That Which Does Not Kill Me

As expatriates living in Egypt, we walked a fine line between the laughable and the ludicrous, sometimes within seconds of each other, and often in the same situation. With so many possible stories from which to choose, I hope you will indulge me in using the local beer – Stella (not to be confused with the Belgian Budweiser) – to illustrate. Stella came in oversized bottles, green or brown, that had to be held up to the light in order to see whether “floaters,” usually some unfortunate cockroach seeking an early sample of the brew, were present. And more often than not, the carbonation had seeped out from an improperly installed bottlecap. Drinking Stella was at the very least a question waiting to be answered, and sometimes it became a great adventure, more than anyone should have just for the sake of drinking beer.

 Local entrepreneurs played upon the quality control of Stella beer. They developed specific fashion lines for the expatriate communities so that two extremely popular T-shirts sold in our ghetto environment were Stella – inspired: “Stella Beer – 10,000 Cockroaches Can’t Be Wrong!” and my favorite, “That Which Does Not Kill Us Makes Us Strong – Stella Beer.” Who am I to argue with burgeoning capitalism?

From my dis ease and ALS vantage point, “That which does not kill us makes us strong” garners a much different meaning than my interpretation of 25 years ago. As I look back at my old normal, the saying might actually be one of the primary stanchions on which I built a major part of my life. “That which does not kill us…” smacks of running at the speed of light right up to the edge of personal disaster, just to see how long you might totter before going over. A false implication of immortality exists in the saying. For many of us, “that which does not kill us,” actually becomes “nothing will kill me, and I will always be strong.” It only takes the kind ministrations of dis ease to contradict the immortality and blur the meaning.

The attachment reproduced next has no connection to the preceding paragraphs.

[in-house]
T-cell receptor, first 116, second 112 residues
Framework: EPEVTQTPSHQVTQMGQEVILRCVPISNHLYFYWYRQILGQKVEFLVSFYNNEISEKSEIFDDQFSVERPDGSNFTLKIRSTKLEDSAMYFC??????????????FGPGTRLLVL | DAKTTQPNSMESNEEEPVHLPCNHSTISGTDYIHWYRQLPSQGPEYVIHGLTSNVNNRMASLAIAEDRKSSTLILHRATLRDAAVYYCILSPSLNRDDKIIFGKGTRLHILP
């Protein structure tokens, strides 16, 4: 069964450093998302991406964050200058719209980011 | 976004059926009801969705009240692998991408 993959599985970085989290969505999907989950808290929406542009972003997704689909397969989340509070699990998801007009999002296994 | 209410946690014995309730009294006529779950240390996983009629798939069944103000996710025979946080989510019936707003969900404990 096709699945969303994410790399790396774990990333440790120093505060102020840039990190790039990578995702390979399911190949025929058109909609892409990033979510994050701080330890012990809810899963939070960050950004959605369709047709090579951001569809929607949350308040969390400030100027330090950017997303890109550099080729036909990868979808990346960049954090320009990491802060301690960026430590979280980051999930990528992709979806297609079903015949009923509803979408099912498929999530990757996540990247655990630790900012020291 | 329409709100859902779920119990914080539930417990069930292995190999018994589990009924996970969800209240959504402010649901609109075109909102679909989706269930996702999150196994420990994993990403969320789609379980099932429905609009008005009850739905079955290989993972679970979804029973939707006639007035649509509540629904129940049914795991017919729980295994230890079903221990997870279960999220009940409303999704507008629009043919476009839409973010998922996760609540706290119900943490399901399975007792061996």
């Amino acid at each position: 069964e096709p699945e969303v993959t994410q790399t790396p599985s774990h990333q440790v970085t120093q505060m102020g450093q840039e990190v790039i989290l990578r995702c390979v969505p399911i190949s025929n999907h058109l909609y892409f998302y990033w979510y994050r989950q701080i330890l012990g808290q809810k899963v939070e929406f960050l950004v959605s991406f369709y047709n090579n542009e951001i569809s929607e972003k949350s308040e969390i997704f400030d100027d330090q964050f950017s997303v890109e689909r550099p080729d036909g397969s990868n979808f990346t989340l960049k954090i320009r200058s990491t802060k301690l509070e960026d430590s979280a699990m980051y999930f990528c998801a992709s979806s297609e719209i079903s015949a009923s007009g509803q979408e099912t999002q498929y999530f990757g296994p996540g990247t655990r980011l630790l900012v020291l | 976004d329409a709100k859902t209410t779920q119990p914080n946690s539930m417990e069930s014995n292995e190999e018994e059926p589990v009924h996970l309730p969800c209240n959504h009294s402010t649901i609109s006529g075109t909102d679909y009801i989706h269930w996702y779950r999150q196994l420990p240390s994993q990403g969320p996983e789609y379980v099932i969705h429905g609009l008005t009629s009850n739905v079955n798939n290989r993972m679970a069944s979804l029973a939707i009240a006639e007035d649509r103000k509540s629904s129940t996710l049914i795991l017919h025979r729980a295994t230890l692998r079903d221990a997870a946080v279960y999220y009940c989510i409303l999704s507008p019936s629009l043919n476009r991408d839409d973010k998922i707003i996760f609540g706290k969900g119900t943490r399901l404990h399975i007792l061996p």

If you know dis ease, then you know a confluence of negative events can be deadly. It can happen very quickly as in a horrible accident where one poor decision cascades into fatality. Or it can happen in slow motion; a floppy foot, a couple of falls, a lump, a hematoma, a diagnosis. It isn’t the speed of the event itself, it’s the confluence, and at some point no matter who you are or what the circumstance, it becomes too much to bear, overwhelming your humanity into a new existence marked by your certain demise. But our human existence is also marked by denial. Since the time of my diagnosis, well-meaning people have shared that “God only gives you what you can handle.” I usually thank them when they say it, for I know they mean to offer me comfort. But such a statement is one that obfuscates our human condition. Something out there will kill us.